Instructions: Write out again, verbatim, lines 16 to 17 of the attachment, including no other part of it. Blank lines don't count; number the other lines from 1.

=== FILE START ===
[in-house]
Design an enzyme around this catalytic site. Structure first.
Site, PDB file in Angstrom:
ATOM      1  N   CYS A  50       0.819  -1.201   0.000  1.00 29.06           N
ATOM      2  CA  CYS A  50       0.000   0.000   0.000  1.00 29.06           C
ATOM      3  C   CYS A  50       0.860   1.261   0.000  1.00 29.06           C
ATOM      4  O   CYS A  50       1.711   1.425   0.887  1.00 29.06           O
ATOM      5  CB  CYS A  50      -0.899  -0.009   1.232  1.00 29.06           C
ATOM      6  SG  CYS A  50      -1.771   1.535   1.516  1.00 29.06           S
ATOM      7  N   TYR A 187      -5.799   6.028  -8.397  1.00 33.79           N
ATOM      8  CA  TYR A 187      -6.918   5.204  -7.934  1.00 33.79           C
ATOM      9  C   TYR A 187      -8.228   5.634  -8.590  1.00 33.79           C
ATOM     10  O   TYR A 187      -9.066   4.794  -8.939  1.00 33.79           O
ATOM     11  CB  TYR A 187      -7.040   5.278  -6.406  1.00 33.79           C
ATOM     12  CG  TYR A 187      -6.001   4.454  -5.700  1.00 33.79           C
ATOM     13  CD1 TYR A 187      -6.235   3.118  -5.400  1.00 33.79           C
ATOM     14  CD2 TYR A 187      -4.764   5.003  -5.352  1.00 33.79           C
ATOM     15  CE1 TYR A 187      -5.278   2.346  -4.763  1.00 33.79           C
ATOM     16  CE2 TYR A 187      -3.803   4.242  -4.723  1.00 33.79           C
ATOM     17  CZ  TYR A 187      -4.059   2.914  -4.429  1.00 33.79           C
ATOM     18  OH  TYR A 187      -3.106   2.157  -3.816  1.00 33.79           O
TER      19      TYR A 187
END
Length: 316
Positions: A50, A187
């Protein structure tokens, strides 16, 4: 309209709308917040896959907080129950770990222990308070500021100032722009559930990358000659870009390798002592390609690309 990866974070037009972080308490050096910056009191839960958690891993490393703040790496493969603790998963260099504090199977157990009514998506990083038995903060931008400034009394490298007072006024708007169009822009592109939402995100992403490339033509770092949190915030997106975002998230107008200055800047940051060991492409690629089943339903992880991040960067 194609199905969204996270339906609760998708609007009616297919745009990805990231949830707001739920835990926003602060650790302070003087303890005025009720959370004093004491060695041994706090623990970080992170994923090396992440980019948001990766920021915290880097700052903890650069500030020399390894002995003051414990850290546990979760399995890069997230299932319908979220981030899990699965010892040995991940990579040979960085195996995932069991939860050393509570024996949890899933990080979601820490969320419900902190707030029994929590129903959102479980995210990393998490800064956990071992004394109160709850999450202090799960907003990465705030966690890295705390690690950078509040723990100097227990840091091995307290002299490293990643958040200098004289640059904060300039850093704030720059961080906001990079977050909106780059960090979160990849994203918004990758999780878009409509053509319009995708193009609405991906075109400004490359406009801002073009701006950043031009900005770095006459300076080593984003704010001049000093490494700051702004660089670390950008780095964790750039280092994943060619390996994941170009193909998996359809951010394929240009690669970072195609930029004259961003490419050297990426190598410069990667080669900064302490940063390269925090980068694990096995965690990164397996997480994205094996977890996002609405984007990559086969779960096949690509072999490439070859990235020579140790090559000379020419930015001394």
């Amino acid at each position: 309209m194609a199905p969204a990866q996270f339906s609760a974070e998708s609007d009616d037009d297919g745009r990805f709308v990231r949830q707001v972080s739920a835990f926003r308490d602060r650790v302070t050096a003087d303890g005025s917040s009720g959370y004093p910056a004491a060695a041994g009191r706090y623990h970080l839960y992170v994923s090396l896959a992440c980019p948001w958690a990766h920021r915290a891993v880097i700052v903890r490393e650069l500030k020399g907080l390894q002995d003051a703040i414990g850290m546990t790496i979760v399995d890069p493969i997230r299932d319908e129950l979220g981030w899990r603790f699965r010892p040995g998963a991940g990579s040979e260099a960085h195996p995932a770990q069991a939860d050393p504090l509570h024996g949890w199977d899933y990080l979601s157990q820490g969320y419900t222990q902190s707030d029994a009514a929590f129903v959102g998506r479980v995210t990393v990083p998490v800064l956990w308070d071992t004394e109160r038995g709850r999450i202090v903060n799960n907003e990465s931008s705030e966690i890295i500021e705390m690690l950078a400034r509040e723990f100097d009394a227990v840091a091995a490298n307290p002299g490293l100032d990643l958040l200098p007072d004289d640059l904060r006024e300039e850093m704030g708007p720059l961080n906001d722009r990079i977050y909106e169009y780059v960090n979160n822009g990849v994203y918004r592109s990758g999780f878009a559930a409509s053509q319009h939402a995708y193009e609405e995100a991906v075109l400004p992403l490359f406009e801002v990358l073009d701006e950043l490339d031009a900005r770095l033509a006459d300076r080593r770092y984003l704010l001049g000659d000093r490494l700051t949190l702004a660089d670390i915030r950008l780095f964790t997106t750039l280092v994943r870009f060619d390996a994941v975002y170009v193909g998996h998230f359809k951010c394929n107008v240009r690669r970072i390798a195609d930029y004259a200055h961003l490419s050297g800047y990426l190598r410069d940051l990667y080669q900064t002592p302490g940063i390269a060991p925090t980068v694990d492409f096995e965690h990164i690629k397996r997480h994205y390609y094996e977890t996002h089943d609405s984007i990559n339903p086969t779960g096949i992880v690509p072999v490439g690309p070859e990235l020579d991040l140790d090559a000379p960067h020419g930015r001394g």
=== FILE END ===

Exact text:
ATOM     13  CD1 TYR A 187      -6.235   3.118  -5.400  1.00 33.79           C
ATOM     14  CD2 TYR A 187      -4.764   5.003  -5.352  1.00 33.79           C